Ilika plc (LON:IKA) Chief Executive Officer Graeme Purdy caught up with DirectorsTalk for an exclusive interview to discuss their positive trading update, challenges in the second half, the significance of the agreement with the UK Battery Industrialisation Centre and whether Goliath can complete with well-funded competitors.
Q1: First off, well done on a positive trading update. Despite the operational challenges of COVID-19, it seems to like Ilika’s activities have progressed largely to plan in the first half. What have been the biggest challenges during that period?
A1: Well, during the first COVID 19 lockdown, from March through to the end of June, unfortunately our Stereax pilot line which is embedded in facilities on the campus of the University of Southampton, needed to close and shut down.
So, we had to cease operations on that for the best part of three months, when those facilities reopened in June, we mobilised the team and recommenced production but it did put a bit of a hole in our operations in the first couple of months of this year.
Q2: On the other side, what things have gone well for you?
A2: Well, we have got two facilities. We’ve got that Stereax pilot line in Southampton but we’ve also got our Goliath large format development facility in Romsey and we were able to implement COVID safe working practices at that facility. It’s entirely under our own control rather than being dependent on the university.
As a result, we were able to maintain operations throughout the whole period so the Goliath programme has been making continuous progress throughout the whole summer.
Q3: Just looking forward, what do you anticipate being the biggest challenge in the second half of the year?
A3: In the second half of the year, we are still seeing sustained supply chain disruption so to give you some concrete examples, things like ordering consumables, or if a piece of equipment breaks down and needs some maintenance then it can be a challenge actually to get equipment vendors to mobilise or indeed to get the spare parts or equipment.
So, that causes a sort of ongoing low level disruption, I think many organisations in the manufacturing sector are experiencing that type of supply chain disruption at the moment and that’s a global challenge, it’s not just specific to companies here in the UK.
Q4: Just coming away from that, how significant is your framework agreement with the UK Battery Industrialisation Centre?
A4: It was a great step forward for us. The scale up story for Goliath is, is very straightforward, we are going to increase the capacity, the production capacity, of our battery prototyping centre in Romsey from 1 kilowatt hour a week to 10 kilowatt hours a week in the course of the next couple of years.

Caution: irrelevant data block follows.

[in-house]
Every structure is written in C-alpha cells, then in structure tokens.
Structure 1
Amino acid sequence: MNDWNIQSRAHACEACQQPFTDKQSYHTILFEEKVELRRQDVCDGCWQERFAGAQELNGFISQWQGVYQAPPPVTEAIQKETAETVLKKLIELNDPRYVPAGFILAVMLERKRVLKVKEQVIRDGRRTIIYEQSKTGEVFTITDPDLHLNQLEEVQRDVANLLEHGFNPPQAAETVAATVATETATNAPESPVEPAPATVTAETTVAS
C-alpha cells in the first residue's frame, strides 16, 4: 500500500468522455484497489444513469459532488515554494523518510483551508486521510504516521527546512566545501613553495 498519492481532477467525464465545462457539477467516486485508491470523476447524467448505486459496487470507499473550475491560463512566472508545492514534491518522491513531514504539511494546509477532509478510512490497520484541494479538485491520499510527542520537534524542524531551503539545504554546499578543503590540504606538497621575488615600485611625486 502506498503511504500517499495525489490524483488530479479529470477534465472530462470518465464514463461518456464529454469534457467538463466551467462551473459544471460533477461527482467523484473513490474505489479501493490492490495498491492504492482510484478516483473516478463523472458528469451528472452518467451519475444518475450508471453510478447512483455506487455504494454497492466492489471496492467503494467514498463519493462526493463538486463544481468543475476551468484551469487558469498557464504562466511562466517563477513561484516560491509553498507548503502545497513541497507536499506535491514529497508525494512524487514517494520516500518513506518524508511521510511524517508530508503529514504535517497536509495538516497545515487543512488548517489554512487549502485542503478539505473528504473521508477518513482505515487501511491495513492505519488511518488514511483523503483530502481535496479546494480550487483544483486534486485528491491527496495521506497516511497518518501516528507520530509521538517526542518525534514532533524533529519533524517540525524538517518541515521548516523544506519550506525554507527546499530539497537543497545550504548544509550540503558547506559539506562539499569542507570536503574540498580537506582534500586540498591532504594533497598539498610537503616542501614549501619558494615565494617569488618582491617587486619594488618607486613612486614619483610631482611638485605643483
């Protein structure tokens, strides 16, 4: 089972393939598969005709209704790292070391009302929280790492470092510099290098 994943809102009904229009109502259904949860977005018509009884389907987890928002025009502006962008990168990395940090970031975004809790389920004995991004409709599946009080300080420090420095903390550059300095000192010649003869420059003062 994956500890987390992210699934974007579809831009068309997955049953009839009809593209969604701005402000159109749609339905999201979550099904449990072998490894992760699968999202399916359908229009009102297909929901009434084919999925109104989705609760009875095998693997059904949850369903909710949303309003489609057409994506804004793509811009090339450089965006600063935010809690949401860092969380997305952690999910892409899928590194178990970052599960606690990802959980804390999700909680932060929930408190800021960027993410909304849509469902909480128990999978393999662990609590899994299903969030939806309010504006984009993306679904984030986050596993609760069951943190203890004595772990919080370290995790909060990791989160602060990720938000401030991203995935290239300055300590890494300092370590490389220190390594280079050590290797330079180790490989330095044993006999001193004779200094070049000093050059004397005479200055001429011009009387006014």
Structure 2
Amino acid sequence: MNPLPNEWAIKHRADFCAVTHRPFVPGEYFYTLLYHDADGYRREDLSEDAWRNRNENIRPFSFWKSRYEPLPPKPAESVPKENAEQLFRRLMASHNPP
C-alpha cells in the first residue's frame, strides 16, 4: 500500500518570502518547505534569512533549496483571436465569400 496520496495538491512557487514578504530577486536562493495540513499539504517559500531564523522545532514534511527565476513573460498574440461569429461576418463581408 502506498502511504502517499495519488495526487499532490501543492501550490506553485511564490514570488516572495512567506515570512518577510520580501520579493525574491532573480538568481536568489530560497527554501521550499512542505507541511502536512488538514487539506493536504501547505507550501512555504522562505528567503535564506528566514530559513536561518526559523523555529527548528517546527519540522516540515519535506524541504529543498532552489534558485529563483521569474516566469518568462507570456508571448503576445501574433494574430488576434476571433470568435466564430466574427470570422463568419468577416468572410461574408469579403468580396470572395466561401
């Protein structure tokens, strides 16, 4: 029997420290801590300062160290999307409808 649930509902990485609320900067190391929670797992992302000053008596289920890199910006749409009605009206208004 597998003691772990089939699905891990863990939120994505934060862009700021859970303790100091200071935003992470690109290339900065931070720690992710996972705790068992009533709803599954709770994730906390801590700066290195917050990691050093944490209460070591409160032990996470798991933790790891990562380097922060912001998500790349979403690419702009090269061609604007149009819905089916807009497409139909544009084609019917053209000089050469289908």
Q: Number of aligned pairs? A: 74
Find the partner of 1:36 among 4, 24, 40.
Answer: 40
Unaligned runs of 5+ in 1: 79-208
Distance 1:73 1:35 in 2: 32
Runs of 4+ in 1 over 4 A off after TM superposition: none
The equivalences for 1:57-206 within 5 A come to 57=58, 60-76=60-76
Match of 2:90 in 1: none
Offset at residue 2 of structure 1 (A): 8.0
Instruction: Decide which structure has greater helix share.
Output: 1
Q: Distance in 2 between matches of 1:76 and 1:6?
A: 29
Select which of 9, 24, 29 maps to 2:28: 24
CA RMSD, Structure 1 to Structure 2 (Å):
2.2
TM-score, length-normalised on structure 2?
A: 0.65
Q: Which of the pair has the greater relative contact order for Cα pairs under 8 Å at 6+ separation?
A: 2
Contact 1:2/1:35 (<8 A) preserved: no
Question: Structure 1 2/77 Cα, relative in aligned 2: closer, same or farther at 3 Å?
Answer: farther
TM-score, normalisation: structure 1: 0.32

The next step up from there is to move into the UKBIC so we’ve put a framework agreement in place with all of the headline commercial terms so that really paves the way to specific project-based interactions with them as we move up to the much larger scale that facility is capable of.
In the first instance, the UKBIC will be focusing on, let’s call them ‘traditional lithium-ion cells’ that they’ll sell into industry, to the automotive industry and other industries that use lithium-ion. Then, they’ve got a phase two expansion which is perfectly aligned really with our solid state roadmap to put in additional facilities that will enable that.
We’re expecting to be supported by the Faraday Battery Challenge here in the UK with the investments that might be required in equipment to enable that.
Q5: Now, there’s been some big announcements in the field of large format, solid state batteries, for example QuantumScape’s planned $3.3 billion IPO in the US. Can Ilika’s Goliath compete with such well-funded competition?
A5: Well, if you look at the roadmap of some of our competition, they are not dissimilar to the ones that we’ve been publicising and talking to partners about so in terms of the availability of our Goliath prototypes for evaluation, we’re very much on the same track.
One of the reasons for QuantumScape’s large, planned IPO is that actually they’re planning to build their own, let’s call it a ‘Gigafactory’ with the capacity to be able to manufacture those batteries. So, rule of thumb is that these plants cost between half a billion US to 750 million US per gigawatt hour, so they’re big investments. That’s part of the reason why QuantumScape are raising such a large amount of capital in order to fund that.
We’ve chosen a different route in that we will be going through the UKs national facility, the UKBIC, as the first step and then scaling up through a JV with an existing cell manufacturing company to get to the gigawatt scale.
So, we haven’t quite got the same demands for capital investment and I believe that we’ve got a very skilled, perfectly formed, development team in our organisation and we’ve made great progress over the last six months and expect further progress going forward.